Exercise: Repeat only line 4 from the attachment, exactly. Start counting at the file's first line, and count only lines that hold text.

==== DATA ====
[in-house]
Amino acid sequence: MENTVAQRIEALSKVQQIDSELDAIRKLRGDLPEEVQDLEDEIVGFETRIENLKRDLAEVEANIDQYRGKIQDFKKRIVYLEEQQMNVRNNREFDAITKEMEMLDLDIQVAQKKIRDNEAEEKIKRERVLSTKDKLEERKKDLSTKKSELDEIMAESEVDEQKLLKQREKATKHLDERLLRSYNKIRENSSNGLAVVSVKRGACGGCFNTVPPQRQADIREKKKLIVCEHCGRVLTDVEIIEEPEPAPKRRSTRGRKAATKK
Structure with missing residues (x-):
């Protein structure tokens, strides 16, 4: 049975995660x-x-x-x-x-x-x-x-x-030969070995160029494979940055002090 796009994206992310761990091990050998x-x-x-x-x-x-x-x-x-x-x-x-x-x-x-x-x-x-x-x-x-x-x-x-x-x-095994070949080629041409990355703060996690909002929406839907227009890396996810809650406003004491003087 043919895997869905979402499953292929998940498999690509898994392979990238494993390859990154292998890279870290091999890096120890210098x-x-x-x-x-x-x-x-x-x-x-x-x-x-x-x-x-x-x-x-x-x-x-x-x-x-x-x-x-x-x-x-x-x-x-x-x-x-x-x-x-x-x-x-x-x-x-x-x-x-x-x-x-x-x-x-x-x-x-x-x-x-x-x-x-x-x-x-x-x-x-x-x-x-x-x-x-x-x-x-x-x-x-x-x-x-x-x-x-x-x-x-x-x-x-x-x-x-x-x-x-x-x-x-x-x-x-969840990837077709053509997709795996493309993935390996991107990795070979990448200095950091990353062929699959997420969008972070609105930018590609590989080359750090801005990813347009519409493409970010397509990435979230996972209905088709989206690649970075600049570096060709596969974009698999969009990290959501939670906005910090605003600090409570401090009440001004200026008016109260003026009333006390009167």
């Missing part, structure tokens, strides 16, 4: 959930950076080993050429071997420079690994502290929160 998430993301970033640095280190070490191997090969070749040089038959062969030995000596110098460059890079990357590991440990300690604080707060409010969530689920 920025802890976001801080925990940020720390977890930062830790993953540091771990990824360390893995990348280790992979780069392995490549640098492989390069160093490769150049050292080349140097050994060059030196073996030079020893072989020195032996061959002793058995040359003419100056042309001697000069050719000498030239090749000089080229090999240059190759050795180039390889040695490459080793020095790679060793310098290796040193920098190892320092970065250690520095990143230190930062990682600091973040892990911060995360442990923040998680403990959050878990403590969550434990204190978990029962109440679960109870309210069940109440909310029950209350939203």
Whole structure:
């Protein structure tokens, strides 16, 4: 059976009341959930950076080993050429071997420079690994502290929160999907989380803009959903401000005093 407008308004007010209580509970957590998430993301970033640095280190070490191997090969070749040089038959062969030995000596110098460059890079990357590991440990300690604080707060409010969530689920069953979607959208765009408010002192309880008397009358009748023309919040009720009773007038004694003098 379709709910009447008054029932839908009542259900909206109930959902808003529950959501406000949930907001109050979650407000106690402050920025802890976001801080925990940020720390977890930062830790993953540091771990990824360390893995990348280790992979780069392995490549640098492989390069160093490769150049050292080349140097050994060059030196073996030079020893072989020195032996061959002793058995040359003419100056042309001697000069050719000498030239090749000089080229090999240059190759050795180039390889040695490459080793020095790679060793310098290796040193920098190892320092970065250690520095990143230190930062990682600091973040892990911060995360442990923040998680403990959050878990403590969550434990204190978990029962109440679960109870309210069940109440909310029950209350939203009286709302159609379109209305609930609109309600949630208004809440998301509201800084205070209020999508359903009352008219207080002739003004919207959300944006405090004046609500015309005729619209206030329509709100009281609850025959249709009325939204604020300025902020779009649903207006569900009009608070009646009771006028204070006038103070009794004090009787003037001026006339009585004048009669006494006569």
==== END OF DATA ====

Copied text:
């Protein structure tokens, strides 16, 4: 049975995660x-x-x-x-x-x-x-x-x-030969070995160029494979940055002090 796009994206992310761990091990050998x-x-x-x-x-x-x-x-x-x-x-x-x-x-x-x-x-x-x-x-x-x-x-x-x-x-095994070949080629041409990355703060996690909002929406839907227009890396996810809650406003004491003087 043919895997869905979402499953292929998940498999690509898994392979990238494993390859990154292998890279870290091999890096120890210098x-x-x-x-x-x-x-x-x-x-x-x-x-x-x-x-x-x-x-x-x-x-x-x-x-x-x-x-x-x-x-x-x-x-x-x-x-x-x-x-x-x-x-x-x-x-x-x-x-x-x-x-x-x-x-x-x-x-x-x-x-x-x-x-x-x-x-x-x-x-x-x-x-x-x-x-x-x-x-x-x-x-x-x-x-x-x-x-x-x-x-x-x-x-x-x-x-x-x-x-x-x-x-x-x-x-x-969840990837077709053509997709795996493309993935390996991107990795070979990448200095950091990353062929699959997420969008972070609105930018590609590989080359750090801005990813347009519409493409970010397509990435979230996972209905088709989206690649970075600049570096060709596969974009698999969009990290959501939670906005910090605003600090409570401090009440001004200026008016109260003026009333006390009167």